Saturday, November 18, 2017


After reading many of the searing reviews of "Justice League" three days ago, I went to the cinema to watch the movie for myself, with the excitement of a trip to the dentist. You'd go anyway even if you know you'd end up getting hurt because you've been through it all. But, boy, was I surprised. I liked it from start to finish. "Justice League", directed by Zack Snyder, who I think from now on should be a cinematographer instead, has the director’s staple sins: the addiction to slow-motion, the painfully obvious male gaze (do we really have to see Diana’s behind when people are having a conversation?), the third act that always falls into the DC Extended Universe (DCEU) movie rote of unsubtle CGI spectacle. Yes, there are hurried jumps from one scene to another, typical of a Snyder attention span, but I don’t quite agree with the incoherence complaint. I think it’s a sentiment that’s overblown, attributed to the frustration to finally see a great DC movie (next to Wonder Woman and Nolan's Dark Knight trilogy)—especially a Justice League movie—only to end up not being rewarded with one’s expectations. In fact, the movie is the most coherent in all DCEU movies in that it has the most simplistic story to tell. It’s so simple you can it sum it up in one sentence: Bruce and Diana have to round up a team to prevent three magical boxes from merging and stop an invasion that would literally demolish the human world. Each of the team has enough character this time—not just grim and brooding. Gal Gadot’s Wonder Woman remains a wonder. She is a delight in every scene. Ezra Miller’s the Flash and Jason Momoa’s (ultra-scruffy) Aquaman got me looking forward to their solo outings. Cyborg and Batman though looked tired all the time, I feel sorry for them. As for Superman…(?) The dynamics here reminded me of the 90’s Bruce Timm Justice League animated series on Cartoon Network wherein its unsophistication makes it charming. It is quite refreshing, too, compared to the lofty mythologizing, heavy-handed philosophical musings of the previous Snyder-DC films (let’s forget about Ayer’s “Suicide Squad”). Even Danny Elfman’s score goes for the classics, closely honing on John Williams’ Superman theme and his very own Tim Burton-Batman theme. But, of course, he manages to slip in there Hans Zimmer’s now iconic piano tinkling for Superman and electric cello bursts for Wonder Woman, and I do not really mind. When I left the cinema, I totally forgot what the critics had said. I had an awesome ride. That ending got me excited, and that is something I rarely say for a DCEU movie. We need to see more. This franchise needs to be saved.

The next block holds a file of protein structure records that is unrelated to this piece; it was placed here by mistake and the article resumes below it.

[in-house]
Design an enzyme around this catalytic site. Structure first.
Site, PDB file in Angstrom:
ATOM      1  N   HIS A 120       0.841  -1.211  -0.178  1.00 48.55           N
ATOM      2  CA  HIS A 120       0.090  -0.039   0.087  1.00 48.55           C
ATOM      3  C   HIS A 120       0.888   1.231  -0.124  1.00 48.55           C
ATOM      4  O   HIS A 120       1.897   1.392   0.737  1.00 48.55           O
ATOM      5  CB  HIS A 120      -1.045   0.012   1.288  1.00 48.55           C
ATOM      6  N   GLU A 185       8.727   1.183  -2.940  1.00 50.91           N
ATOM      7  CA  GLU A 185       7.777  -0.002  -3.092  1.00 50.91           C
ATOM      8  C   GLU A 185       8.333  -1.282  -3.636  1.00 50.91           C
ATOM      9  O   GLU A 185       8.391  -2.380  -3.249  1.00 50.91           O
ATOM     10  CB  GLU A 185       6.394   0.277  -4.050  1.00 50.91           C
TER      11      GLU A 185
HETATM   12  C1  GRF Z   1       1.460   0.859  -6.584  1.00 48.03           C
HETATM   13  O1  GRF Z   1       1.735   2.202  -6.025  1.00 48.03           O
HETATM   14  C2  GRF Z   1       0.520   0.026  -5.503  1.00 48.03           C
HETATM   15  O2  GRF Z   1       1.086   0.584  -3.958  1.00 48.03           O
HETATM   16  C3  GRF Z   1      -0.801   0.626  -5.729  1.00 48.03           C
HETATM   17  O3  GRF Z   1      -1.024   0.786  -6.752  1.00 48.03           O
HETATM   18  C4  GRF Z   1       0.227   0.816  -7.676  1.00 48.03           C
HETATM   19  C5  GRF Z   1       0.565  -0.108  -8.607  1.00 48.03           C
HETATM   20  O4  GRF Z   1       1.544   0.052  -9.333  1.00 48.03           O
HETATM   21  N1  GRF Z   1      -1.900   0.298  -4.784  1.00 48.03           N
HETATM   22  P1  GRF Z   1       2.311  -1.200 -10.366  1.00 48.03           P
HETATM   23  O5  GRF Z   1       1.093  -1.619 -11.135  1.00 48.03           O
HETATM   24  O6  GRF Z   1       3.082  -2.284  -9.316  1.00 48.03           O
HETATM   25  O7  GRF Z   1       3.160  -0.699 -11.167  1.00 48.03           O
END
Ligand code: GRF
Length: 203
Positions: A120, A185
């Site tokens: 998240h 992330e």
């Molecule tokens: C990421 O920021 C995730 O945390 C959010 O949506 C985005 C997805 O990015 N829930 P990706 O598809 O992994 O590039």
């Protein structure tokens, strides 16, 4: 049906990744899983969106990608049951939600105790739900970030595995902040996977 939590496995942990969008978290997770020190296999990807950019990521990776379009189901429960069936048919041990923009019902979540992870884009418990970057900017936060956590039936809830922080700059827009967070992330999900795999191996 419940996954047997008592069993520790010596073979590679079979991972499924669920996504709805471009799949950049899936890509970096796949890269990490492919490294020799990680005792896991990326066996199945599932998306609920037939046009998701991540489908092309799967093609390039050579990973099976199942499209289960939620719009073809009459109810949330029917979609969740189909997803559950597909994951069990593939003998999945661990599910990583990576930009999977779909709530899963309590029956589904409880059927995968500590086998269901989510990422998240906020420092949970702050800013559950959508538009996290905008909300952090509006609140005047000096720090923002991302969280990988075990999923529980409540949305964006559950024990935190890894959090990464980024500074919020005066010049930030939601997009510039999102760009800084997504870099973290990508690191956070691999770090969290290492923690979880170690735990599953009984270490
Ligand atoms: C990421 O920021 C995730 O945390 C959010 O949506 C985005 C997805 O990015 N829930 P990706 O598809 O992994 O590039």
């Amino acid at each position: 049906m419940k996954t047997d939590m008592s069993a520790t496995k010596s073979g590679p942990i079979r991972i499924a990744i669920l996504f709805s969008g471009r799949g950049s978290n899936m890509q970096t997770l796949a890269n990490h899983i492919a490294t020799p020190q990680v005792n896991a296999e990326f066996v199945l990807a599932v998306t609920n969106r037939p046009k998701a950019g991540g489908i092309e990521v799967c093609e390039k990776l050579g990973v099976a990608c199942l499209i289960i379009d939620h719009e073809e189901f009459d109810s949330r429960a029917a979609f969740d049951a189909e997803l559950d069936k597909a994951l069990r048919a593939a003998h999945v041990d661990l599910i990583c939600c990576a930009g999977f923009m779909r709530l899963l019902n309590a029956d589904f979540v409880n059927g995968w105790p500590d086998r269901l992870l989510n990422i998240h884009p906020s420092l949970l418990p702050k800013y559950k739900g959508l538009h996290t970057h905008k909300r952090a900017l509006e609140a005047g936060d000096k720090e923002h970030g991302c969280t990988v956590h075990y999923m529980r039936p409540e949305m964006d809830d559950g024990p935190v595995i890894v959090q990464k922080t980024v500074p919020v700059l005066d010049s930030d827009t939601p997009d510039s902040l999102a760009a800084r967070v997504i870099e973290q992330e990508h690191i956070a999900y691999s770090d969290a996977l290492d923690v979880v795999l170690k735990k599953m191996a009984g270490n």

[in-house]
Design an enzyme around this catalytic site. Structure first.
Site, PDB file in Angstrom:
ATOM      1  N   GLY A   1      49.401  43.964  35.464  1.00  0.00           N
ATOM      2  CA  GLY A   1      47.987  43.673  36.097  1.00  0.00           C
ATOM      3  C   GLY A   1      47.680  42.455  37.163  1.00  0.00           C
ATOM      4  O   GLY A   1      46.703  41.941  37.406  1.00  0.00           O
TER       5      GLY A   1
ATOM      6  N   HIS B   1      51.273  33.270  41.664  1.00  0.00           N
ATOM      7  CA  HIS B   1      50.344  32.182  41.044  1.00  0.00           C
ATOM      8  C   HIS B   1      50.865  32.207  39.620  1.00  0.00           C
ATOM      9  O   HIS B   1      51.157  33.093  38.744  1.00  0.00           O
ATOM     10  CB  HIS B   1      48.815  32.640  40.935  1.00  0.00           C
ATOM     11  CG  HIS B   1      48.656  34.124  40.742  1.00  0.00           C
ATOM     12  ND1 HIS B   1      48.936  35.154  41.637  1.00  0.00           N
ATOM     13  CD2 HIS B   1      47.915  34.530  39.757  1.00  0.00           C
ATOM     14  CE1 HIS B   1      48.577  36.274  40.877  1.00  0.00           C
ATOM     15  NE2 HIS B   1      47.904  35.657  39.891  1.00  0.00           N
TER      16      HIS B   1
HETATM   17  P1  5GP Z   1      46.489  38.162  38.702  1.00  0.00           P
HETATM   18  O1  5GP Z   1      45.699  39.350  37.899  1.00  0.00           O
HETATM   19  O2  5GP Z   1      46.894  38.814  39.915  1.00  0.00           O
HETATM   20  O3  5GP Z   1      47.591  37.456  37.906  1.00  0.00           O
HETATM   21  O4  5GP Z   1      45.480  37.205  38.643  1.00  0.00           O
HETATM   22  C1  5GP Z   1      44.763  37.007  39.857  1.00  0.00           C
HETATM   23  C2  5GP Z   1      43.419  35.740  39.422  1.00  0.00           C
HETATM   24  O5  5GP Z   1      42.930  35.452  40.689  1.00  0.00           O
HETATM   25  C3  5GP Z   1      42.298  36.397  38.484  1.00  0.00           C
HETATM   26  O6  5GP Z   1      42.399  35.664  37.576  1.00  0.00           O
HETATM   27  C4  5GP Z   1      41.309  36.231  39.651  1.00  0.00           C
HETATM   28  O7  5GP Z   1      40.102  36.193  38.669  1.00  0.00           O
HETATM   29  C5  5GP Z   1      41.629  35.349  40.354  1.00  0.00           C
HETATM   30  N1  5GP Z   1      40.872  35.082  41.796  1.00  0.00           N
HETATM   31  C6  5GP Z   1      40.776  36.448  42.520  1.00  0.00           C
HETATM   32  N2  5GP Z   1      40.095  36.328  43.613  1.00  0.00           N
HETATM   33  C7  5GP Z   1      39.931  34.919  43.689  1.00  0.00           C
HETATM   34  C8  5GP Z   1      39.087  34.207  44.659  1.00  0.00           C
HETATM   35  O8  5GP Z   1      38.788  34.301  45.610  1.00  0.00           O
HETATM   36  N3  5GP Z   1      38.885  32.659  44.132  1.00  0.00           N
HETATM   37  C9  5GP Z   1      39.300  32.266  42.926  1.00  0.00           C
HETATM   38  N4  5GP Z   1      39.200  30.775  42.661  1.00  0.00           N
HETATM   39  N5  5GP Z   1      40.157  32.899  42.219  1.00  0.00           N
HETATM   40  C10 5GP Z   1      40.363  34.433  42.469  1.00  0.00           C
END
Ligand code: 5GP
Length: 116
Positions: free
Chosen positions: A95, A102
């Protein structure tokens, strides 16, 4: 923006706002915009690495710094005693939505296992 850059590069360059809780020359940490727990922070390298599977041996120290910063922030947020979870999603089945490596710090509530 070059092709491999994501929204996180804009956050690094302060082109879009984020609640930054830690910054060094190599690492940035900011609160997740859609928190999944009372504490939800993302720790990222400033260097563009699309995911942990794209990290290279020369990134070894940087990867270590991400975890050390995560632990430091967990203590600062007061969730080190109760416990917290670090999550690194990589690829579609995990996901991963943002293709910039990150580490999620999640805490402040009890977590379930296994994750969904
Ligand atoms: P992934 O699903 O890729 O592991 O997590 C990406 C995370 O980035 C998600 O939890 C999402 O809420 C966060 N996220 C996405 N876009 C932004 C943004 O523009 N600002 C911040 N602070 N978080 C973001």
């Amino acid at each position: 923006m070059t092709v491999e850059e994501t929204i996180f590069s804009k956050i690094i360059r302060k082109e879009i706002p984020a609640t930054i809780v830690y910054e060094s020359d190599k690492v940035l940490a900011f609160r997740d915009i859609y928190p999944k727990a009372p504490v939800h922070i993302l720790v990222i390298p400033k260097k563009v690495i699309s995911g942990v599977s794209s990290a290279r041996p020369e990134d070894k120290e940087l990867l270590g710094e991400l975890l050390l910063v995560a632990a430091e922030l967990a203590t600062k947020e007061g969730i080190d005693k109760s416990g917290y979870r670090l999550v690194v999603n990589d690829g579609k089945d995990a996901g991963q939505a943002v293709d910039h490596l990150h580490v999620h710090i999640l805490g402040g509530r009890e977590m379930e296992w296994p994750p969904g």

[ photo borrowed from this site ]

call for manuscripts to the 57th silliman university national writers workshop

The Silliman University National Writers Workshop is now accepting applications for the 57th Silliman University National Writers Workshop to be held from May 7 to May 18, 2018 at the Silliman University Rose Lamb Sobrepeña Writers Village and the Silliman University campus.

This Writers Workshop is offering ten fellowships to promising writers in the Philippines who want to have a chance to hone their craft and refine their style. Fellows will be provided housing, a modest stipend, and a subsidy to partially defray costs of their transportation.

To be considered, applicants should submit manuscripts on or before January 5, 2018. (Extension to the deadline will not be made.) All manuscripts should comply with the instructions stated below. (Failure to do so will automatically eliminate their entries). Applicants for Fiction and Creative Nonfiction fellowships should submit three to four (3-4) entries.

Applicants for Poetry fellowships should submit a suite of seven to ten (7-10) poems. Applicants for Drama fellowships should submit at least one (1) One-Act Play. Each fiction, creative nonfiction, or drama manuscript should not be more than 20 pages, double spaced. We encourage you to stay well below the 20 pages. Aside from manuscripts in Poetry, Fiction, Creative Nonfiction, and Drama that should be written in English, the Workshop this year will be accepting manuscripts for Balak (poetry in Binisaya). Applicants should submit a suite of seven to 10 (7-10) Balak entries with their English translations.